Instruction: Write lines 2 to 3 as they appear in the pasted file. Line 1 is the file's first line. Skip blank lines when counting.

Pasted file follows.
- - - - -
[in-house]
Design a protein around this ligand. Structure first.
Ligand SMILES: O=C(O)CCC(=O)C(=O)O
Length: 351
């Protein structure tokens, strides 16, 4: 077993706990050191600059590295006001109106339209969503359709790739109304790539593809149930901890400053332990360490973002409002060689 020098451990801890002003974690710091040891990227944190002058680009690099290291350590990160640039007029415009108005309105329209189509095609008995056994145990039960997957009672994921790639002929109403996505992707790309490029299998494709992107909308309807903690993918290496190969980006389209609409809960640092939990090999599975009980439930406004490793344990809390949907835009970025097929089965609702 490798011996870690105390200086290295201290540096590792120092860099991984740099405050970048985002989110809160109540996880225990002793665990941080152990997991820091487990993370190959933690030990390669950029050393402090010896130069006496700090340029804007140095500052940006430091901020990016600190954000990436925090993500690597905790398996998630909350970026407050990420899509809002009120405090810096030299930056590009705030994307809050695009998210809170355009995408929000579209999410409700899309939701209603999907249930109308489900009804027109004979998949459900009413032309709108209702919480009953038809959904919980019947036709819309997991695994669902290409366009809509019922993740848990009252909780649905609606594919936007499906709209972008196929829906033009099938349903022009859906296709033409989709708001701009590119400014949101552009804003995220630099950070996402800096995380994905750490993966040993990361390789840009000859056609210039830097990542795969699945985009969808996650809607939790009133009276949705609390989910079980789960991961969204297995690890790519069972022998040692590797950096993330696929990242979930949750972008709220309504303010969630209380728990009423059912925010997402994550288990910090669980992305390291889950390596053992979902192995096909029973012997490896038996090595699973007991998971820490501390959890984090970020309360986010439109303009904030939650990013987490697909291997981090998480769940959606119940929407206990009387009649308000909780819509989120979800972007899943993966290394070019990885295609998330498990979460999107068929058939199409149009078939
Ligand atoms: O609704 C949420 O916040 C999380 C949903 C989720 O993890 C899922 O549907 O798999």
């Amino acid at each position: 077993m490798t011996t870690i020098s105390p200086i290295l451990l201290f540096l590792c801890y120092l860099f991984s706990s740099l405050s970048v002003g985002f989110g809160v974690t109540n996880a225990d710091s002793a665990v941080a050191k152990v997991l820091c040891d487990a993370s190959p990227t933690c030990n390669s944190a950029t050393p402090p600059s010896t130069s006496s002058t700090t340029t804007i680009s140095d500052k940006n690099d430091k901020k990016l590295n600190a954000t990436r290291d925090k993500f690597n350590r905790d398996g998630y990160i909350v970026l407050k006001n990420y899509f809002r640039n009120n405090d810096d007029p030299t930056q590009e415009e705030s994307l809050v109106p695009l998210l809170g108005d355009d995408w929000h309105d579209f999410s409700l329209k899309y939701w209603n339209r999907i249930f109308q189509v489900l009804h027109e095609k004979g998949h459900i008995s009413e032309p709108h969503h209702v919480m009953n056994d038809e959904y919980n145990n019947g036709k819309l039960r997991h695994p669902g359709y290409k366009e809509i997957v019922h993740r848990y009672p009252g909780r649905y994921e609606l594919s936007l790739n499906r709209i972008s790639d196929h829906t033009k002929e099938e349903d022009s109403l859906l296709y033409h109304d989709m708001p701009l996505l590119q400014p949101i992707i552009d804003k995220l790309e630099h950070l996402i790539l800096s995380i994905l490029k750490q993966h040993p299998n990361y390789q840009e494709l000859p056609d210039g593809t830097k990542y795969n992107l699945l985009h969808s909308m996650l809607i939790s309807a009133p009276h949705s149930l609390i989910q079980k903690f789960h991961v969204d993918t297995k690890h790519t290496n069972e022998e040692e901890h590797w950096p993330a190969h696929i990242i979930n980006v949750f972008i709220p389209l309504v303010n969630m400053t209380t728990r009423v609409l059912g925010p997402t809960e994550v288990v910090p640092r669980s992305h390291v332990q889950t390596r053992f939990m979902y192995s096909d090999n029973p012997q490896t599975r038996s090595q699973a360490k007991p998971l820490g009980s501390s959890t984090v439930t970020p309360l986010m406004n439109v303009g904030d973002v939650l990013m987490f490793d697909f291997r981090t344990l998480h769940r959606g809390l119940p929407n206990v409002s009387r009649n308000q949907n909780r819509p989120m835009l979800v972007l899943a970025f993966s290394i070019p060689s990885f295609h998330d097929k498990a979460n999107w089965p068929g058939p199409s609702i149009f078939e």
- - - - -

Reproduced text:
Design a protein around this ligand. Structure first.
Ligand SMILES: O=C(O)CCC(=O)C(=O)O